Previous research had shown that today's Icelandic arctic foxes belong to one of five groups.
But when Dr Greger Larson from the Durham University and colleagues analysed DNA from 1000-year-old fox bones from archaeological sites across Iceland, they discovered that all the ancient foxes descent from just one of the five groups.
This means the other four groups must've arrived at some point in the last millennium.
"Must've?" Seriously? That's the quality of science writing today? Most of us use must've in colloquial speech, but I don't (excuse me, do not) think I've ever seen it in print before!
The only plausible explanation, says Larson is that a bridge of sea ice must have formed during a dip in temperatures between 200 to 500 years ago. This would have let new foxes find their way to Iceland from different Arctic regions, including Russia, North America and Greenland.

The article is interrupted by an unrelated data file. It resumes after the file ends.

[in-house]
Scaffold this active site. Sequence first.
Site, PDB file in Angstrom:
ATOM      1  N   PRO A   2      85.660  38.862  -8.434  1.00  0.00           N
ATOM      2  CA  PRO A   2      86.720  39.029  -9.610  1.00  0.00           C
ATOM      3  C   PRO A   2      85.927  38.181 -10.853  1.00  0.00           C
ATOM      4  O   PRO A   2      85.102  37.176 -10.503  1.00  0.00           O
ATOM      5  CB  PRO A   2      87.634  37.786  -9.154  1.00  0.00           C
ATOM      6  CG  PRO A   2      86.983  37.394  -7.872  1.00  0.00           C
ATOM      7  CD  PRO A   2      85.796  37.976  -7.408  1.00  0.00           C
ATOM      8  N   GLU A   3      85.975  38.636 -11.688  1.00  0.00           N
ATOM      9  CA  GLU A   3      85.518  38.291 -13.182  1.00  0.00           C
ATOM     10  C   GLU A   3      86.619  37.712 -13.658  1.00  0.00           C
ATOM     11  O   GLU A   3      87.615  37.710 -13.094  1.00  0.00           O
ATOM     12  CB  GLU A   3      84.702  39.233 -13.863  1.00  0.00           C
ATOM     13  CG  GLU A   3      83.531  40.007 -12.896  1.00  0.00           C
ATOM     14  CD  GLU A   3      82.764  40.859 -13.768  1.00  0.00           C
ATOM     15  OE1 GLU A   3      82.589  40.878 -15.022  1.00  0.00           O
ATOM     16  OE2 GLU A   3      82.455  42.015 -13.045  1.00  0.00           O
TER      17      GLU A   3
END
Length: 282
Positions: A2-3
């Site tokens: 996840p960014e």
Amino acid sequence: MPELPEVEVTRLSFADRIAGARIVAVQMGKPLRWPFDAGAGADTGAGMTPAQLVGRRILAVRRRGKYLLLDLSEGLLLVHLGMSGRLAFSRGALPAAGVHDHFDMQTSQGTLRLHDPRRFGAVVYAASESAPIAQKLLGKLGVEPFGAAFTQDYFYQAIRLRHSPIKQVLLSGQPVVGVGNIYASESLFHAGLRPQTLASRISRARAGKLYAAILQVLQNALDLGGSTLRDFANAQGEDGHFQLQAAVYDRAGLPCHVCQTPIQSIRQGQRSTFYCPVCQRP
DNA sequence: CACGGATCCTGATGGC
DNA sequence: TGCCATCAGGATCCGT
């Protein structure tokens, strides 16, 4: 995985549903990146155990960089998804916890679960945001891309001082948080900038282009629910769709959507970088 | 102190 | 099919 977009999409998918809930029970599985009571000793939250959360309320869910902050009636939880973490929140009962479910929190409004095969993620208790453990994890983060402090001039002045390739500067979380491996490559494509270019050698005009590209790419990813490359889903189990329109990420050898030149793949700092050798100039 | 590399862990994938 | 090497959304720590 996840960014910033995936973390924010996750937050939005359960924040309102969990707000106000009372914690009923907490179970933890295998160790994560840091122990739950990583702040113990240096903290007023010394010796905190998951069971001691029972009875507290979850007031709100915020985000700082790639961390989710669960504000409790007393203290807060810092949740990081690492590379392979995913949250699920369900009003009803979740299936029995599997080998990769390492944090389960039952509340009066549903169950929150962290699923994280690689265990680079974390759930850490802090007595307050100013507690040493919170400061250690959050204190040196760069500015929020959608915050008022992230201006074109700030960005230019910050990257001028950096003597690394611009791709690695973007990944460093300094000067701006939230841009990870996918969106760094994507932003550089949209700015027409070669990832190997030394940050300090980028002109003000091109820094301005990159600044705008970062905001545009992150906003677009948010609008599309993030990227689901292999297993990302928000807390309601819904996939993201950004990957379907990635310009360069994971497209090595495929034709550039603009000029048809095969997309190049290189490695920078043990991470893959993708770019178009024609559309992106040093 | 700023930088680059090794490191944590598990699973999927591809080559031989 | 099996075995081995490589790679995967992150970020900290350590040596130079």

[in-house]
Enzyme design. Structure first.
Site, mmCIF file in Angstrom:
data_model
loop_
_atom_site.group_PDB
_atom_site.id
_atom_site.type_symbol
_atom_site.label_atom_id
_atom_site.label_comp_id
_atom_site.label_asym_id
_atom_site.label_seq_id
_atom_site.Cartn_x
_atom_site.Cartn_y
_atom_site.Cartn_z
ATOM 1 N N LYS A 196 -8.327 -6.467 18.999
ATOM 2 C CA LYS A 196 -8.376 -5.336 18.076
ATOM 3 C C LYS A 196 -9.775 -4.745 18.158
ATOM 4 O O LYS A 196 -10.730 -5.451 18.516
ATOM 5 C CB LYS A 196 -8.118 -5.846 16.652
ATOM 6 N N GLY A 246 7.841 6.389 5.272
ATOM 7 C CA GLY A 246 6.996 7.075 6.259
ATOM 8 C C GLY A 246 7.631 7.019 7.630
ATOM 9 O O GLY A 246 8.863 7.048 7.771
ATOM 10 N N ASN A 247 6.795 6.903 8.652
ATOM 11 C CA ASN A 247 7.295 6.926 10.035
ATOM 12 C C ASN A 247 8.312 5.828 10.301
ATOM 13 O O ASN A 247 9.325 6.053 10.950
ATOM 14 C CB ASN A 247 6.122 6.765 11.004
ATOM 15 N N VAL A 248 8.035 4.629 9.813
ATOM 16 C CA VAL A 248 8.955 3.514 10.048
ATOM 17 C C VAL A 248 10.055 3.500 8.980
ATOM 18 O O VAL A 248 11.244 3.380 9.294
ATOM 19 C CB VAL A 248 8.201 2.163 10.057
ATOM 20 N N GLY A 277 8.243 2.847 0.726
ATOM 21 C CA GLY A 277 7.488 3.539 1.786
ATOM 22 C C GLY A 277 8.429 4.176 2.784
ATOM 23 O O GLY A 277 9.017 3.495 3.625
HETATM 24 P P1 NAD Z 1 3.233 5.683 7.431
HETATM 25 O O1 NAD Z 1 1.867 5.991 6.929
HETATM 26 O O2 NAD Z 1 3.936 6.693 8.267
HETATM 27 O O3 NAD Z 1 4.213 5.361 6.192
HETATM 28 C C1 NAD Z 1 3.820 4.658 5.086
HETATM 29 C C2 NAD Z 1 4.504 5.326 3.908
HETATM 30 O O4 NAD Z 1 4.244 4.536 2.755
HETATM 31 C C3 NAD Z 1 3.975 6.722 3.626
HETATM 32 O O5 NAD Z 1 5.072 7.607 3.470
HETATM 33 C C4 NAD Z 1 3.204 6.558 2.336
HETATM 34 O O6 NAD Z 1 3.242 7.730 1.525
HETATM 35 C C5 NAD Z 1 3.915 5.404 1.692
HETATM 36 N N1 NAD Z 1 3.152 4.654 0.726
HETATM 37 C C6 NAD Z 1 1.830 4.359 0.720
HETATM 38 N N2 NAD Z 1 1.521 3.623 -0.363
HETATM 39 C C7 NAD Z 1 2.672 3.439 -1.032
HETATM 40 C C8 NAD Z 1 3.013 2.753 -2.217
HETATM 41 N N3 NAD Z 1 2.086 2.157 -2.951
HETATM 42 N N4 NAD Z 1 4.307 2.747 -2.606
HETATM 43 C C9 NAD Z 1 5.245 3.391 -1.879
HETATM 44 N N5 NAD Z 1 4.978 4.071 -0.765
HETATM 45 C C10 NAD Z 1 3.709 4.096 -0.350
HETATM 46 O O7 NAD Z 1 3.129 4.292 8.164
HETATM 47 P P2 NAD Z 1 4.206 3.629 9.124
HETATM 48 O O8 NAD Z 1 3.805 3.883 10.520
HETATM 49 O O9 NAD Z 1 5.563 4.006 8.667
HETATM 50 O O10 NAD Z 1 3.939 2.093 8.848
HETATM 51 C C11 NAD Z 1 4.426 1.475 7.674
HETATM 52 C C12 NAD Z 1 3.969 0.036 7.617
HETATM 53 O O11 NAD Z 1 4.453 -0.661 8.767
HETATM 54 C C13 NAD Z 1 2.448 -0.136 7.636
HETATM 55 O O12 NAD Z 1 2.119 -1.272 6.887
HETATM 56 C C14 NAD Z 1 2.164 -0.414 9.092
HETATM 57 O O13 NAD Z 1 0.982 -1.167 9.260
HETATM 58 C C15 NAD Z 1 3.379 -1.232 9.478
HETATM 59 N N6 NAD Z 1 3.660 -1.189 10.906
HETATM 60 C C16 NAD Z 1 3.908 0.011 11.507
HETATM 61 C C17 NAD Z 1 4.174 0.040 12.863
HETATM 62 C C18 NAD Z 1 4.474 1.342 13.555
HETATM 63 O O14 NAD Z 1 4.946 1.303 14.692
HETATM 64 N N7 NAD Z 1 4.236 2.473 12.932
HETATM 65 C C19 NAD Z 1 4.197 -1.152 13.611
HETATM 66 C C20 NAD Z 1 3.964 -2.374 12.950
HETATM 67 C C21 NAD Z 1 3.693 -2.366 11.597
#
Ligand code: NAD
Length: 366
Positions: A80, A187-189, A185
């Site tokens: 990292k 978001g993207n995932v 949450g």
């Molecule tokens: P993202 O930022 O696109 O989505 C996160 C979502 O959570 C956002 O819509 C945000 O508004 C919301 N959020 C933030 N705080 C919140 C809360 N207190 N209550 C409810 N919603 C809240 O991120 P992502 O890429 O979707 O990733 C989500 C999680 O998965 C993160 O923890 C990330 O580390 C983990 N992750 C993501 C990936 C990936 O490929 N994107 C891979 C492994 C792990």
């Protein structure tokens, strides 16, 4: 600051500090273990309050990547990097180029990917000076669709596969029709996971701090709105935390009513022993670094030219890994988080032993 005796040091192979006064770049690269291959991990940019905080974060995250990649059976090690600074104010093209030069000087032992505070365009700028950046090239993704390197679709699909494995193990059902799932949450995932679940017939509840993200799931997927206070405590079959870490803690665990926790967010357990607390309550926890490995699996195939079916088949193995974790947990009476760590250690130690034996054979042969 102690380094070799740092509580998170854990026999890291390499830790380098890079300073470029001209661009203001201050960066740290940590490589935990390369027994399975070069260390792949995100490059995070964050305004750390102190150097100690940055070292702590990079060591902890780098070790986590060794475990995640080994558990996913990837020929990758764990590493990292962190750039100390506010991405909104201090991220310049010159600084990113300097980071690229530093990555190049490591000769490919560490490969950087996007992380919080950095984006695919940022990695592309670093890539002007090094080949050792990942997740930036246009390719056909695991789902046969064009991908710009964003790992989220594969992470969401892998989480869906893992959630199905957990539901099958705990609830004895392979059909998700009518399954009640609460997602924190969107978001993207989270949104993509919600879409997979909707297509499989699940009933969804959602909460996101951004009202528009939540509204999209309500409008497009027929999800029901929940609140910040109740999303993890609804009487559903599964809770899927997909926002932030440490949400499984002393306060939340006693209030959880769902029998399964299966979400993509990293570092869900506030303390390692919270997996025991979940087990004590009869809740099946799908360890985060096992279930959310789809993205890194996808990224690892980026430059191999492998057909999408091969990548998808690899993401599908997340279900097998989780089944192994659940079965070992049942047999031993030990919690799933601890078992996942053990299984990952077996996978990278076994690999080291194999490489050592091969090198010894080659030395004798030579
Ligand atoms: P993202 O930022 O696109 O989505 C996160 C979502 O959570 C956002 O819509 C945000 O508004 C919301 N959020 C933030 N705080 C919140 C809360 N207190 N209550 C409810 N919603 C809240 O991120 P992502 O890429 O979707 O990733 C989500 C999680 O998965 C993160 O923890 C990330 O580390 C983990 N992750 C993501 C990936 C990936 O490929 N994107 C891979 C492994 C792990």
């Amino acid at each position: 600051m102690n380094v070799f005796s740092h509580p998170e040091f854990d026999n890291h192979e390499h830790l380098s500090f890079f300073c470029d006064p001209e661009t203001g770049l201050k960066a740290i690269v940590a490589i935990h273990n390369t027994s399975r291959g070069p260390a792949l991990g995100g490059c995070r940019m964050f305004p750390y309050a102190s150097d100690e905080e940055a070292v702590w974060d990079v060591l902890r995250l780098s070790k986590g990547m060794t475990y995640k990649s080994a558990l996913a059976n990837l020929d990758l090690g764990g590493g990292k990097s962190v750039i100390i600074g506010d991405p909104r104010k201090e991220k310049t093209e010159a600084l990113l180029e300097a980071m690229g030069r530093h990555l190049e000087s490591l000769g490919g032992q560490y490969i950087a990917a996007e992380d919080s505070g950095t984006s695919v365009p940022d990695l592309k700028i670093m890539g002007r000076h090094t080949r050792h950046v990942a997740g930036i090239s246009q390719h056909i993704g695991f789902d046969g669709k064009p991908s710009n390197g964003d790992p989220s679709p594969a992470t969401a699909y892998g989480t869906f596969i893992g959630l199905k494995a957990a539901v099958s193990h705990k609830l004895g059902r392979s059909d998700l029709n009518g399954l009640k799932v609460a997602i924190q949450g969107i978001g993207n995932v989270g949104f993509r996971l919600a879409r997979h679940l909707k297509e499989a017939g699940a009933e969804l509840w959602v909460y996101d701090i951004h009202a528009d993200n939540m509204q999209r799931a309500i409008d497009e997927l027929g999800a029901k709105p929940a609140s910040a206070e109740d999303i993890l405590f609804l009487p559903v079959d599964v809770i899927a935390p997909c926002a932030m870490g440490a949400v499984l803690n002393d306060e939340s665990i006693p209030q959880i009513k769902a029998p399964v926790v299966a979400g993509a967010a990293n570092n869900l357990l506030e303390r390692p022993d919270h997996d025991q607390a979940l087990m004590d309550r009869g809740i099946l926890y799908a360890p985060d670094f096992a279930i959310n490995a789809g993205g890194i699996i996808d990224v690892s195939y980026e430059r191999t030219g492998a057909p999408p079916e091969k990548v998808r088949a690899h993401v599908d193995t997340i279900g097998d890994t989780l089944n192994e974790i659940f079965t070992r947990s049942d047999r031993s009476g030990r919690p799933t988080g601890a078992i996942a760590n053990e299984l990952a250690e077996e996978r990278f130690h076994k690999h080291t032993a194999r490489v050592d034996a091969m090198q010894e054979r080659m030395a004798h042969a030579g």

Dang, it must have been mighty cold back then to get the Arctic to freeze up to the point that foxes could trot from Europe, Greenland or North America? You mean to tell me that the ice comes and goes without CO2 to drive it? Anthony Watts will be amused with that notion
Luckily, excavations of the remains of 17 arctic foxes from two late ninth-to-twelfth century archaeological sites in northeast Iceland gave the team of researchers from the UK, Sweden and the US the perfect opportunity to investigate.
'We found that what explains today's genetic structure in Iceland has to be migration. You've only got to have a couple of females making their way to the island every year for 500 years and that's enough to change their genetics,' explains Larson.
He and his colleagues think the Little Ice Age would have connected Iceland and Greenland for several months a year.
'You'd probably have foxes knocking on the door of Iceland the whole time and as soon as the ice bridge formed, bang they're there.'
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